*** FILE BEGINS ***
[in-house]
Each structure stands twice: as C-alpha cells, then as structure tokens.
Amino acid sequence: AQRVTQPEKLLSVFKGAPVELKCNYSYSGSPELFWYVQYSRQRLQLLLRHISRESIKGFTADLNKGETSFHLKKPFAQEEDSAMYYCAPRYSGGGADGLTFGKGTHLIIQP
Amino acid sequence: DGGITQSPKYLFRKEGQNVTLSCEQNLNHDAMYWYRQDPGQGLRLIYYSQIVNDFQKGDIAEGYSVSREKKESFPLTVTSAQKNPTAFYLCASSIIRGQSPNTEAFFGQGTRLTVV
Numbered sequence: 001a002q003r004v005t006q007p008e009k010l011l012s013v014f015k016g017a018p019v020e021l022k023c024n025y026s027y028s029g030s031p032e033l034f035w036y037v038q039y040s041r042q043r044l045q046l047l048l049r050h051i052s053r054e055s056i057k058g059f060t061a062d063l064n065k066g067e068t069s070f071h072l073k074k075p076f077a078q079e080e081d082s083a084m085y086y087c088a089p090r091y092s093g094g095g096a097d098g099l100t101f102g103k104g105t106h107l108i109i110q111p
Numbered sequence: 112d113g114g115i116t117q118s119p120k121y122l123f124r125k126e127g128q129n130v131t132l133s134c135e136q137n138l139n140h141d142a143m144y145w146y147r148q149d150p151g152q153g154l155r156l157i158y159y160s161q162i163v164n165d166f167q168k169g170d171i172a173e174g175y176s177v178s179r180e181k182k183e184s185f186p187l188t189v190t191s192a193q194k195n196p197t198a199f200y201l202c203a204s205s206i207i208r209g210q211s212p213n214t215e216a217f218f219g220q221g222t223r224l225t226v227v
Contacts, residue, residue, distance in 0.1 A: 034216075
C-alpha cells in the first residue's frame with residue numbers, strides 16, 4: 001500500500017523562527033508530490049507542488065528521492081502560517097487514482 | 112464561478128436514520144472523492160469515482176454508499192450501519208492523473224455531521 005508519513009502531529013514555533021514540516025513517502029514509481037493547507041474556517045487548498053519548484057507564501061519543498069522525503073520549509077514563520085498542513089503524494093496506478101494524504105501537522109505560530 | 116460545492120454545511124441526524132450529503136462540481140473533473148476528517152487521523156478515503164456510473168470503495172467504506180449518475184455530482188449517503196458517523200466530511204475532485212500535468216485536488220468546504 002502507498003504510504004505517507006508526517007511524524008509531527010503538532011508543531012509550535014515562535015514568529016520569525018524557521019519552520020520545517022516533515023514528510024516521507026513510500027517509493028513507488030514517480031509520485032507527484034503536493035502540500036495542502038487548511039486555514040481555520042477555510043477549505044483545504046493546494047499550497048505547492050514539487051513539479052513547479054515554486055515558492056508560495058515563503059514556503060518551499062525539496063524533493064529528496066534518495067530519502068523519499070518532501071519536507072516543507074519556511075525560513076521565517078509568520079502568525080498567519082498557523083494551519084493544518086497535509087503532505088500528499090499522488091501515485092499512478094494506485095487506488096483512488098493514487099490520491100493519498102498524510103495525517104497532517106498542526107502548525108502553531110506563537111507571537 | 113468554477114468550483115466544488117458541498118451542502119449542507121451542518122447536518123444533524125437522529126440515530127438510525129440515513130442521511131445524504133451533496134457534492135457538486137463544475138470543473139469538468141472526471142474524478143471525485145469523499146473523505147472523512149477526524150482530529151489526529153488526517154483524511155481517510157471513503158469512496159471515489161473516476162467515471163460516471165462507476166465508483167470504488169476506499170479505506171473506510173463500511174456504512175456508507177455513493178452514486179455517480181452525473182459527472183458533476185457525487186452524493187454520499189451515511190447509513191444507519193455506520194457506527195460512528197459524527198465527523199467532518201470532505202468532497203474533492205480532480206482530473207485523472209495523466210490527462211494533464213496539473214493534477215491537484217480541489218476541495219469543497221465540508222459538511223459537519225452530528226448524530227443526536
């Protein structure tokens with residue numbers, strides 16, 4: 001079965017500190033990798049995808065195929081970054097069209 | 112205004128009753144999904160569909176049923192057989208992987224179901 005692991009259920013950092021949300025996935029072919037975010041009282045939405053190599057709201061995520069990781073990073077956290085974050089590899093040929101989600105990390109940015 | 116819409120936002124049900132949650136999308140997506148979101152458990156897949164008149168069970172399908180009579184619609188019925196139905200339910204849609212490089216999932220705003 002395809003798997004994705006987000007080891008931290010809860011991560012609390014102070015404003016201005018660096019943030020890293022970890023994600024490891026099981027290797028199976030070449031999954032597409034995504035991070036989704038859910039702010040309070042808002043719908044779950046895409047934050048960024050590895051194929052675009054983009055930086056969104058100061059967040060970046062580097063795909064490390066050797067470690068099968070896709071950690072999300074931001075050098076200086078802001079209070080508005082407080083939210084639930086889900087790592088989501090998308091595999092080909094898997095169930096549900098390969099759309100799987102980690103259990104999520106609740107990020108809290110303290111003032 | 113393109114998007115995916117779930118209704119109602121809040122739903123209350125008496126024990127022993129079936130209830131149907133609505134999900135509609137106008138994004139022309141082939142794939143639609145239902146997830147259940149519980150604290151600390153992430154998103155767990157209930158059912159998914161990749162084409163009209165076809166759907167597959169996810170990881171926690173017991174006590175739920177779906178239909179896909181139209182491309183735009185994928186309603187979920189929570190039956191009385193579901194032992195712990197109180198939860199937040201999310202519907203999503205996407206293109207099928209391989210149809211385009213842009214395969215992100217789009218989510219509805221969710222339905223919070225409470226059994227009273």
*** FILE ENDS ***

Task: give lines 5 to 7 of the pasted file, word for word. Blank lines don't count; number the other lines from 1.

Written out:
Numbered sequence: 001a002q003r004v005t006q007p008e009k010l011l012s013v014f015k016g017a018p019v020e021l022k023c024n025y026s027y028s029g030s031p032e033l034f035w036y037v038q039y040s041r042q043r044l045q046l047l048l049r050h051i052s053r054e055s056i057k058g059f060t061a062d063l064n065k066g067e068t069s070f071h072l073k074k075p076f077a078q079e080e081d082s083a084m085y086y087c088a089p090r091y092s093g094g095g096a097d098g099l100t101f102g103k104g105t106h107l108i109i110q111p
Numbered sequence: 112d113g114g115i116t117q118s119p120k121y122l123f124r125k126e127g128q129n130v131t132l133s134c135e136q137n138l139n140h141d142a143m144y145w146y147r148q149d150p151g152q153g154l155r156l157i158y159y160s161q162i163v164n165d166f167q168k169g170d171i172a173e174g175y176s177v178s179r180e181k182k183e184s185f186p187l188t189v190t191s192a193q194k195n196p197t198a199f200y201l202c203a204s205s206i207i208r209g210q211s212p213n214t215e216a217f218f219g220q221g222t223r224l225t226v227v
Contacts, residue, residue, distance in 0.1 A: 034216075